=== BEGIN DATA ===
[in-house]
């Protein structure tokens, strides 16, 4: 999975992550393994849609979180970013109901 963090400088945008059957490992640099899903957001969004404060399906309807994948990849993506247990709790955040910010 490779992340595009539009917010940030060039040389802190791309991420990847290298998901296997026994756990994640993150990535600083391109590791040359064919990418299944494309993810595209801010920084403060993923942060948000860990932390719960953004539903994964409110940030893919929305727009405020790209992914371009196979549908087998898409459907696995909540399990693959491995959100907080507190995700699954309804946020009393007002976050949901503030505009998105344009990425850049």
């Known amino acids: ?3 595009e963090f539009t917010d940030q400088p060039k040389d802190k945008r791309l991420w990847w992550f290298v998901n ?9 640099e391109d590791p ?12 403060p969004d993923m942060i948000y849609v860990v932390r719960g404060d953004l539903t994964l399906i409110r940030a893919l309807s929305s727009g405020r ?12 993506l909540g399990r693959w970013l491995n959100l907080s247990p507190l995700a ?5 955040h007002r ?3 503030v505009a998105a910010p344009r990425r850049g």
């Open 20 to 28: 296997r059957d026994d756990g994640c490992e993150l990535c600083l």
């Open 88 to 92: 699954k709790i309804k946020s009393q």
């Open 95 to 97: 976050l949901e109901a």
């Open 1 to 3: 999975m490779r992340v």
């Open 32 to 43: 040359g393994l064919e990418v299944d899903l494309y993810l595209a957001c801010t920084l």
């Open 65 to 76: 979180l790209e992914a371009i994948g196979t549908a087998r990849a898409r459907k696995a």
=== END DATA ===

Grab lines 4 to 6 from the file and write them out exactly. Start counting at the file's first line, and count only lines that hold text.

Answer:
């Open 20 to 28: 296997r059957d026994d756990g994640c490992e993150l990535c600083l």
């Open 88 to 92: 699954k709790i309804k946020s009393q």
């Open 95 to 97: 976050l949901e109901a």